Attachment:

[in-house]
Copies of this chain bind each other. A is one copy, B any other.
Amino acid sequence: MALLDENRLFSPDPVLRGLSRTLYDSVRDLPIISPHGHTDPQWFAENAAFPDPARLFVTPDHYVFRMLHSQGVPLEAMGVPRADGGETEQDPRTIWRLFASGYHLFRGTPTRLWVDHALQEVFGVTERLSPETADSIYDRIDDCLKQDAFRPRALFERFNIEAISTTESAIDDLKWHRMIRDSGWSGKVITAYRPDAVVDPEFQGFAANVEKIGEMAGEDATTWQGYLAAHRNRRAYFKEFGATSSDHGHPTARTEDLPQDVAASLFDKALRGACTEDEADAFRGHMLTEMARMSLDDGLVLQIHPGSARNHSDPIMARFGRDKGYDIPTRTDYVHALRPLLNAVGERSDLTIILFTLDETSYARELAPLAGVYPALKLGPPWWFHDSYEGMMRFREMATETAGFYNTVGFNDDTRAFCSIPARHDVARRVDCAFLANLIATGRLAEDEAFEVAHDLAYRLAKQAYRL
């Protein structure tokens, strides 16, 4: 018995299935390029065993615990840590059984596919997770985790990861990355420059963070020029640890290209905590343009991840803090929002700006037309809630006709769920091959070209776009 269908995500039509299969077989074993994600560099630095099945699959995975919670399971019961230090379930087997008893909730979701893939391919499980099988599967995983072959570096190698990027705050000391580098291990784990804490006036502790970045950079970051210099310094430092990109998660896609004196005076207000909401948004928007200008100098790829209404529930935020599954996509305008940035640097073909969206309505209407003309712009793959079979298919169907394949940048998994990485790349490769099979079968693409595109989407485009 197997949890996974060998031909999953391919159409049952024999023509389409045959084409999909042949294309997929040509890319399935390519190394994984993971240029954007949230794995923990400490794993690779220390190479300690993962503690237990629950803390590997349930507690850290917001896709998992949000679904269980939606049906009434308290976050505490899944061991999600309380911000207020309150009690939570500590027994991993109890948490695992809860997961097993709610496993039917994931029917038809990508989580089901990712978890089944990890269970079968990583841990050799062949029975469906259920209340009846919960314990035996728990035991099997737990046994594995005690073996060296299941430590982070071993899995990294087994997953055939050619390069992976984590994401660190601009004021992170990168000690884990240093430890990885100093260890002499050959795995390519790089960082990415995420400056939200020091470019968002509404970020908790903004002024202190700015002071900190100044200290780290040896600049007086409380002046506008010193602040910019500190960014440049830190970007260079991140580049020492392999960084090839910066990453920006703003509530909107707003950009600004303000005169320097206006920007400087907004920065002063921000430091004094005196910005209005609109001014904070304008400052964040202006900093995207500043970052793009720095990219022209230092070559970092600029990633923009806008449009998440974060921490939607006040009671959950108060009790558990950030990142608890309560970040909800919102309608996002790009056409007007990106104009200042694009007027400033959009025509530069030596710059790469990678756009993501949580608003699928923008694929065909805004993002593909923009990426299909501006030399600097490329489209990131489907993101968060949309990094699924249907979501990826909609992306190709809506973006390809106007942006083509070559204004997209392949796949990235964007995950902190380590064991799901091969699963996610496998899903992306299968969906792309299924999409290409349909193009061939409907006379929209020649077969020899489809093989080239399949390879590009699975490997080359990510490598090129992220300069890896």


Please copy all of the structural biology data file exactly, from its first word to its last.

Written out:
[in-house]
Copies of this chain bind each other. A is one copy, B any other.
Amino acid sequence: MALLDENRLFSPDPVLRGLSRTLYDSVRDLPIISPHGHTDPQWFAENAAFPDPARLFVTPDHYVFRMLHSQGVPLEAMGVPRADGGETEQDPRTIWRLFASGYHLFRGTPTRLWVDHALQEVFGVTERLSPETADSIYDRIDDCLKQDAFRPRALFERFNIEAISTTESAIDDLKWHRMIRDSGWSGKVITAYRPDAVVDPEFQGFAANVEKIGEMAGEDATTWQGYLAAHRNRRAYFKEFGATSSDHGHPTARTEDLPQDVAASLFDKALRGACTEDEADAFRGHMLTEMARMSLDDGLVLQIHPGSARNHSDPIMARFGRDKGYDIPTRTDYVHALRPLLNAVGERSDLTIILFTLDETSYARELAPLAGVYPALKLGPPWWFHDSYEGMMRFREMATETAGFYNTVGFNDDTRAFCSIPARHDVARRVDCAFLANLIATGRLAEDEAFEVAHDLAYRLAKQAYRL
């Protein structure tokens, strides 16, 4: 018995299935390029065993615990840590059984596919997770985790990861990355420059963070020029640890290209905590343009991840803090929002700006037309809630006709769920091959070209776009 269908995500039509299969077989074993994600560099630095099945699959995975919670399971019961230090379930087997008893909730979701893939391919499980099988599967995983072959570096190698990027705050000391580098291990784990804490006036502790970045950079970051210099310094430092990109998660896609004196005076207000909401948004928007200008100098790829209404529930935020599954996509305008940035640097073909969206309505209407003309712009793959079979298919169907394949940048998994990485790349490769099979079968693409595109989407485009 197997949890996974060998031909999953391919159409049952024999023509389409045959084409999909042949294309997929040509890319399935390519190394994984993971240029954007949230794995923990400490794993690779220390190479300690993962503690237990629950803390590997349930507690850290917001896709998992949000679904269980939606049906009434308290976050505490899944061991999600309380911000207020309150009690939570500590027994991993109890948490695992809860997961097993709610496993039917994931029917038809990508989580089901990712978890089944990890269970079968990583841990050799062949029975469906259920209340009846919960314990035996728990035991099997737990046994594995005690073996060296299941430590982070071993899995990294087994997953055939050619390069992976984590994401660190601009004021992170990168000690884990240093430890990885100093260890002499050959795995390519790089960082990415995420400056939200020091470019968002509404970020908790903004002024202190700015002071900190100044200290780290040896600049007086409380002046506008010193602040910019500190960014440049830190970007260079991140580049020492392999960084090839910066990453920006703003509530909107707003950009600004303000005169320097206006920007400087907004920065002063921000430091004094005196910005209005609109001014904070304008400052964040202006900093995207500043970052793009720095990219022209230092070559970092600029990633923009806008449009998440974060921490939607006040009671959950108060009790558990950030990142608890309560970040909800919102309608996002790009056409007007990106104009200042694009007027400033959009025509530069030596710059790469990678756009993501949580608003699928923008694929065909805004993002593909923009990426299909501006030399600097490329489209990131489907993101968060949309990094699924249907979501990826909609992306190709809506973006390809106007942006083509070559204004997209392949796949990235964007995950902190380590064991799901091969699963996610496998899903992306299968969906792309299924999409290409349909193009061939409907006379929209020649077969020899489809093989080239399949390879590009699975490997080359990510490598090129992220300069890896």